The Hostel Part II DVD is laden with extras. The DVD has three AUDIO COMMENTARIES. The first features writer/director Eli Roth, executive producer Quentin Tarantino, and second-unit director Gabe Roth. Of the three commentaries, this is the most scene-specific, as the three comment on the production of the film, pointing out locations and how scenes were shot. Eli and Quentin also talk a lot about how the movie was influenced by European horror and thrillers. The second commentary features Roth on his own. He states that this track is for potential filmmakers and he talks about how his films are made and he comments on the state of the horror film industry. The last commentary has Roth with actors Lauren German, Vera Jordanova, and Richard Burgi. This one is scene-specific at times, but they also talk about how they got their roles and what it was like to make the movie.

Hostel Part II: The Next Level” (26 minute) is an on-set video of the film’s production, beginning with production meetings, going through location scouting, and finally focusing on the shooting of the film. Roth comments directly to the camera throughout. “The Art of KNB Effects” (6 minutes) features comment from the makeup FX artists and behind-the-scenes footage of the effects being done. “Production Design” (7 minutes) gives us a detailed look at the sets, concept art, and special costumes. We get an overview of violence in film and a the history of torture, complete with a visit to a torture museum, in “Hostel Part II: A Legacy of Torture” (23 minutes). The disc contains 10 DELETED SCENES with no play all selection! Each scene carries a text introduction from Roth, and they are all very brief, adding no new information or gore. “The Treatment” is a radio interview with Roth where he discusses his ideas for the movie and more. The final extra is the “Blood & Guts Gag Reel” (3 1/2 minutes).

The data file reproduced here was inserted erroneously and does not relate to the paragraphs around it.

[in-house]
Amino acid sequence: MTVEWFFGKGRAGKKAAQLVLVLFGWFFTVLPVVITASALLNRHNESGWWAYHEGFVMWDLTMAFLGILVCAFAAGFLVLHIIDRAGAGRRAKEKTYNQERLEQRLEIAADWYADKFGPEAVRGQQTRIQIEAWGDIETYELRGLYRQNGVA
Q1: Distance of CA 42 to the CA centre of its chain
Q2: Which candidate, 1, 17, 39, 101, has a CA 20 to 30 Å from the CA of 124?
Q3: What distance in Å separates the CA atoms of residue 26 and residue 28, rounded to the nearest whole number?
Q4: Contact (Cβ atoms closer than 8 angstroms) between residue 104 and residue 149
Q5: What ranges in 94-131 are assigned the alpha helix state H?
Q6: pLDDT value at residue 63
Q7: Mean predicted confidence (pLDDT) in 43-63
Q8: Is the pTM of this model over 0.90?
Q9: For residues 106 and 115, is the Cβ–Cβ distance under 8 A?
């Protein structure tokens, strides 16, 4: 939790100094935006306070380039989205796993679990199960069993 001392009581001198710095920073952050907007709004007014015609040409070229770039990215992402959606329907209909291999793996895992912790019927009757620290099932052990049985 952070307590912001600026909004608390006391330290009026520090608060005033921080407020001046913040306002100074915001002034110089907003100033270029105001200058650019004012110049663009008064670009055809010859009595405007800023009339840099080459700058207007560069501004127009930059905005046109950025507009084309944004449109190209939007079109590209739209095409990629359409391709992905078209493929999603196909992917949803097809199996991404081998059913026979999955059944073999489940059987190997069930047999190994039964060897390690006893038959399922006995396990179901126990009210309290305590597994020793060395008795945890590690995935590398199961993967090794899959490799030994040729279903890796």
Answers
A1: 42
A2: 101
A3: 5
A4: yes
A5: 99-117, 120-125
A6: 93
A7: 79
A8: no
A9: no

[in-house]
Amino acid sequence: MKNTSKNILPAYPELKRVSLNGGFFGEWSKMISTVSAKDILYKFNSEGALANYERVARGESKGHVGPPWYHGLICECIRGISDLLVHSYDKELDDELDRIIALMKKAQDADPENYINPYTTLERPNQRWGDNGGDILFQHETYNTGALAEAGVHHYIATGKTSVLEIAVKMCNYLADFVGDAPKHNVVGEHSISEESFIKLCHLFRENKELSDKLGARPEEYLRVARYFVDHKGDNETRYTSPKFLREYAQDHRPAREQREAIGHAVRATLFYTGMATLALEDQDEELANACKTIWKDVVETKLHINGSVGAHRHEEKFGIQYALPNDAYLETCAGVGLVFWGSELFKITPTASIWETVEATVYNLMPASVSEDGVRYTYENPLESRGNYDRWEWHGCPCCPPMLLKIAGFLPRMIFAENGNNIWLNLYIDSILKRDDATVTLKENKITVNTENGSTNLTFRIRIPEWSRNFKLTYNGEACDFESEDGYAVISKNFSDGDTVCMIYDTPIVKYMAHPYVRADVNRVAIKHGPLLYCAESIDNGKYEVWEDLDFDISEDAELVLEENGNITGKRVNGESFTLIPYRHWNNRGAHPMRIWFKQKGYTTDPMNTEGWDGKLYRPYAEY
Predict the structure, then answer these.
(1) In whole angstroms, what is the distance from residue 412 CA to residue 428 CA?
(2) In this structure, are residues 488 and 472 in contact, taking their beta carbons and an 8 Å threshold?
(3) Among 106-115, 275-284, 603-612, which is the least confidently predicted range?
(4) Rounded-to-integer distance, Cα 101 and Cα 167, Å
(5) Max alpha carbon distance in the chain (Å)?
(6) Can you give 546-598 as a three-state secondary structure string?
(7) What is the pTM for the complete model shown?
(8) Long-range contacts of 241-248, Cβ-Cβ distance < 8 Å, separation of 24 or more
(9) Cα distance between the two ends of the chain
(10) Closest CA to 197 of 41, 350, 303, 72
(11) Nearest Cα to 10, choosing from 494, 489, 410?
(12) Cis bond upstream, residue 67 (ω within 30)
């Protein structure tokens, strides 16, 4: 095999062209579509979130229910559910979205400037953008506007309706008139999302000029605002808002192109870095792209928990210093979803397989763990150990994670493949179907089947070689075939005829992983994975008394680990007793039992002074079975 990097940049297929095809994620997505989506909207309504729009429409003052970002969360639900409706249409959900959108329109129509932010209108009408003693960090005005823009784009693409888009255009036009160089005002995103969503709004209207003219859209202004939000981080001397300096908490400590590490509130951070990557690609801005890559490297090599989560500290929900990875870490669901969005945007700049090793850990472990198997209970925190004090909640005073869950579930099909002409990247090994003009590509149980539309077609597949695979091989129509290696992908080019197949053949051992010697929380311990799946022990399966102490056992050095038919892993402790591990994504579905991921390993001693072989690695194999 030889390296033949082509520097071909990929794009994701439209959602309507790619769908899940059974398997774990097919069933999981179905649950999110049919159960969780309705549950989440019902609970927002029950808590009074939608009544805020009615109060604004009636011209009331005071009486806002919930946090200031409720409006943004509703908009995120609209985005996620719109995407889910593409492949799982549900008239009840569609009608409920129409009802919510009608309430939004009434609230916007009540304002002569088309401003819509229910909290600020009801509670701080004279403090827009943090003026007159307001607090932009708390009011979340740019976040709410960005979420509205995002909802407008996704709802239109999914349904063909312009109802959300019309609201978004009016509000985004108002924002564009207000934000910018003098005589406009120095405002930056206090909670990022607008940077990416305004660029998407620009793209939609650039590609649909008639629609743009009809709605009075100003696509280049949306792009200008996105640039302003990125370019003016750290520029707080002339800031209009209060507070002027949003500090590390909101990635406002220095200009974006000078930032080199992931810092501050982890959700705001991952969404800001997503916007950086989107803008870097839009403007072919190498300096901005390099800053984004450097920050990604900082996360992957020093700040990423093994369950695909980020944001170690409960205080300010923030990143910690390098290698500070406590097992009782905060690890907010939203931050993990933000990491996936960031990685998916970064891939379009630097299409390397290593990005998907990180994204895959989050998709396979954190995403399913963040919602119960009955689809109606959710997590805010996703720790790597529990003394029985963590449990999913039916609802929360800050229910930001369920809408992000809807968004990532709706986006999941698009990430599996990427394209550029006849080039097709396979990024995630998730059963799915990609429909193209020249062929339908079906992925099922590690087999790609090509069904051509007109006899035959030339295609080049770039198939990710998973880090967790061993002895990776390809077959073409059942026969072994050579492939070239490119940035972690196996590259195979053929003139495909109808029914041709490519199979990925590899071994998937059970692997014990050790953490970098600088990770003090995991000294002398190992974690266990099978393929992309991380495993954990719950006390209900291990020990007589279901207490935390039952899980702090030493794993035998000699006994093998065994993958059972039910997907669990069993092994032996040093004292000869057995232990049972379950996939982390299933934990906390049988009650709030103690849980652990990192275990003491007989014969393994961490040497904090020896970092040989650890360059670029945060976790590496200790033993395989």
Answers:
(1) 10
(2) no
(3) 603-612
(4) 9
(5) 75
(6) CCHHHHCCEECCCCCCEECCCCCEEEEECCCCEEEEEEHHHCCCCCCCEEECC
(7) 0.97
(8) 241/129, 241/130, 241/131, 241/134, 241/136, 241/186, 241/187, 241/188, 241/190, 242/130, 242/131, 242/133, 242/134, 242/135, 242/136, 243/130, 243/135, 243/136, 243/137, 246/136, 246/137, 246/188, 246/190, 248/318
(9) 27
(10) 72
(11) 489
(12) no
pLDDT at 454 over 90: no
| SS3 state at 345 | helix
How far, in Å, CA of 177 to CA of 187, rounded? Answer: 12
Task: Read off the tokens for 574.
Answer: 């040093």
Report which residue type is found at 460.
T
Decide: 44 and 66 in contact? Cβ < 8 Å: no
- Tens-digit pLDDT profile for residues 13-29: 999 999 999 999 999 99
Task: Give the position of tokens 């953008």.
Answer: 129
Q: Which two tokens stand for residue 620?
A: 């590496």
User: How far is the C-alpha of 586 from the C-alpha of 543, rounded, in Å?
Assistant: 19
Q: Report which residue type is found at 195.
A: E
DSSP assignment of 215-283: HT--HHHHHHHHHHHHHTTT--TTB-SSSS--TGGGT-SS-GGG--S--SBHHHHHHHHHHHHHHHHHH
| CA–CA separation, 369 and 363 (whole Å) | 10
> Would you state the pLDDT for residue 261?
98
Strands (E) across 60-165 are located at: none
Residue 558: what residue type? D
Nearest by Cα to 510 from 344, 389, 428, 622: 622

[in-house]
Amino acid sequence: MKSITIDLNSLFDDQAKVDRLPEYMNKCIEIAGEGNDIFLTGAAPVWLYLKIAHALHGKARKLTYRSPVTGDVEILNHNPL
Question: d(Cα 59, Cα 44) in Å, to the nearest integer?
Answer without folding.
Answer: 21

Hostel Part II is also coming to Blu-ray Disc. The disc features a 1080p HD AVC transfer and the film is letterboxed at 2.35:1. This transfer smoothes out some of the rough edges seen on the DVD, as the brightness and the artifacting aren't as prevalent. Still, this transfer reveals the Hostel Part II to be a very dark film and the image suffers from this, as some scenes appear nearly totally black. On the positive side, the daytime exteriors in Rome reveal a sharp, clear picture which has a nice depth and satisfying colors. But, even these shots show some grain. The main audio track on the Blu-ray is an uncompressed Linear PCM 5.1 track. This track provides clear dialogue and sound effects. There are some nice details in the audio here, which reveal themselves in scenes such as the festival. But, despite being somewhat louder and clearer, the track isn't that much better than the Dolby 5.1 track on the DVD. Surround sound effects and some limited subwoofer are present here, but not enough to make one sit up and take notice. The extras on the Blu-ray mirror those of the DVD, save for "Surveillance Cameras", which allows one to look around the abattoir. Of the two mediums, the Blu-ray is superior to the DVD, but not by much.

Review Copyright 2007 by Mike Long